• In the November 15, 2004 edition of Tax Notes Today, Phil Karter was quoted commenting about the effect of three high-profile court decisions favorable to taxpayers."The government has tried to paint all of these transactions with the same broad brush without regard to, or acknowledgement of, the specific factual nuances that separate one case from another. Thankfully, the courts have recognized that the government is pushing an overly expansive viewpoint of the statutory scheme that cannot be applied across the board" said Karter.  Herbert Odell, also with Miller & Chevalier and co-counsel on Black & Decker, noted that the recent decisions repudiated the government's argument that tax advantages must not be the predominant motive for these types of transactions to be respected. "The nontax effect a transaction has on the parties, or even third parties, is objective evidence of its economic substance even where tax avoidance is a significant reason for entering into the transaction," said Odell.
  • Tax Notes Today's October 22, 2004 edition reported that a summary judgment decision  in favor of Black & Decker in a case by Herbert Odell and Phil Karter, was "nothing short of a stunning taxpayer victory."  The decision was the first involving the high-profile contingent liability shelter transaction.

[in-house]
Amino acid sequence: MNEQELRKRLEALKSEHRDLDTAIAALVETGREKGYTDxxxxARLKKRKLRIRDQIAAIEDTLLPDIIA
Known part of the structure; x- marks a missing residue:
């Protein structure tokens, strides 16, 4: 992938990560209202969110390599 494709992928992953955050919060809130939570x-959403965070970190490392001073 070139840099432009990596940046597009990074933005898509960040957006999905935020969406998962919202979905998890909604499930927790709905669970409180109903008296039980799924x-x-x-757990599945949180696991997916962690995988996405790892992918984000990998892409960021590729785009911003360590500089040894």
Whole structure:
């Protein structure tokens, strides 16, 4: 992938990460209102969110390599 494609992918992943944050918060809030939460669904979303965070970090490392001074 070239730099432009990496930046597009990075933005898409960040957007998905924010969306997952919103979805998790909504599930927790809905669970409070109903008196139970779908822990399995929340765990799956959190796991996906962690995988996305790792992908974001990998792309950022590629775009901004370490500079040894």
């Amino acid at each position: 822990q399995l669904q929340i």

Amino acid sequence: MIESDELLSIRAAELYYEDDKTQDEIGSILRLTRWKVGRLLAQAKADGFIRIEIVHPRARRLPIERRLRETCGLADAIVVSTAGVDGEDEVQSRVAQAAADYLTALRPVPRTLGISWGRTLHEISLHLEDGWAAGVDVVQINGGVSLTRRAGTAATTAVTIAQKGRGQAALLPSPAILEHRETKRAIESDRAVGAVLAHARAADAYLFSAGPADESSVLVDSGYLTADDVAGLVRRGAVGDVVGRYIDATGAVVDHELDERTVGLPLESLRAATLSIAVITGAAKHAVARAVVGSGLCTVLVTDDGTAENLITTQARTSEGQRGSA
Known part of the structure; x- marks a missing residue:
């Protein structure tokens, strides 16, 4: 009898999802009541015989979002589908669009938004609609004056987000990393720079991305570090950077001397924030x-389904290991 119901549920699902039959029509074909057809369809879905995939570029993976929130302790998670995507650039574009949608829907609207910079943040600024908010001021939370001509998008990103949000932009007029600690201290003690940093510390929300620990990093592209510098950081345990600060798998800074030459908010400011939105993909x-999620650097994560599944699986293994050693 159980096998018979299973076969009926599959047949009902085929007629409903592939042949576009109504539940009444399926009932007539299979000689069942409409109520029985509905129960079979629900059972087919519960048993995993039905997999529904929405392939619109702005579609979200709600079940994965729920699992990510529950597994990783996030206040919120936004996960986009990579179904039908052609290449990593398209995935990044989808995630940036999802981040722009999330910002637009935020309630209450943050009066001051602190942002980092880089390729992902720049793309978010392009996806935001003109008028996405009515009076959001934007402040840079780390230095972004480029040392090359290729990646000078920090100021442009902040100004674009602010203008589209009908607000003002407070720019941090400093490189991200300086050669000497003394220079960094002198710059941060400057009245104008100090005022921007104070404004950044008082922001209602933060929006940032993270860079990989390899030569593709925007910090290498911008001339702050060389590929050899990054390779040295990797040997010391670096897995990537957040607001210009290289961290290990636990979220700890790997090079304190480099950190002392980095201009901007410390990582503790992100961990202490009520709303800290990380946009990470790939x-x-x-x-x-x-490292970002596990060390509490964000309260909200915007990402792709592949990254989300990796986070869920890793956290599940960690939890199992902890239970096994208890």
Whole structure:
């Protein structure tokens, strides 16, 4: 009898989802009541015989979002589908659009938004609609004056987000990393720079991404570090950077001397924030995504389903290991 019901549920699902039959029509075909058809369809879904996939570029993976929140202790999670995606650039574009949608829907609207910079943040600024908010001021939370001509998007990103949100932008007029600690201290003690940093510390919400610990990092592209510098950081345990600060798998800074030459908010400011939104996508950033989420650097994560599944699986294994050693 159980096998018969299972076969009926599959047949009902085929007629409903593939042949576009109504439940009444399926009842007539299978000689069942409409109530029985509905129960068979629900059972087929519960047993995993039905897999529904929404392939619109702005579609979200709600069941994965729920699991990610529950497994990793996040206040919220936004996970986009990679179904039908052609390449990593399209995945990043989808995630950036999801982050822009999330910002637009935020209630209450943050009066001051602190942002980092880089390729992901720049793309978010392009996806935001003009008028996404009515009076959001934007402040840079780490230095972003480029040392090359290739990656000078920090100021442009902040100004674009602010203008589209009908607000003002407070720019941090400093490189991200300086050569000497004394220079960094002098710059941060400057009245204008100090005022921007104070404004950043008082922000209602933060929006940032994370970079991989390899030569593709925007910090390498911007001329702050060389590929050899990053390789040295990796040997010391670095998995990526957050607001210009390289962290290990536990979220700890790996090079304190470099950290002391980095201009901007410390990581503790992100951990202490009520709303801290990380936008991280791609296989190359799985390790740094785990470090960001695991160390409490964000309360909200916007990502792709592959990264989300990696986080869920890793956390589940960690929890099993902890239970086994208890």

• In The September 7, 2004 issue of Tax Notes Today, an article analyzing whether the IRS had applied a landmark 2001 tax shelter penalty waiver initiative to taxpayers in a discriminatory manner in a case handled by Phil Karter and Herbert Odell, Karter commented that his client sought and received the results of an IRS survey that "unequivocally confirms that the IRS impermissibly applied one standard to [the taxpayer] in denying Announcement 2002-2 penalty relief and another standard in granting relief to other similarly situated taxpayers." Karter said it was apparent from the depositions that LMSB and OTSA not only couldn't agree about the proper standards for granting or denying penalty relief but also that they had little, if any, ability to monitor whether penalty relief under the initiative was being applied consistently in the field. Black & Decker's suspicions that the company had been subjected to disparate treatment had also been triggered by anecdotal information it had obtained about other unidentified taxpayers that had been granted penalty relief, he said.  The information was probably more of a revelation to the government than it was to Black & Decker, according to Karter. The results proved that a sizable number of other taxpayers were granted penalty relief under the exact same circumstances that the government has relied upon to deny that relief, Black & Decker argues in its motion for summary judgment on the penalty issue.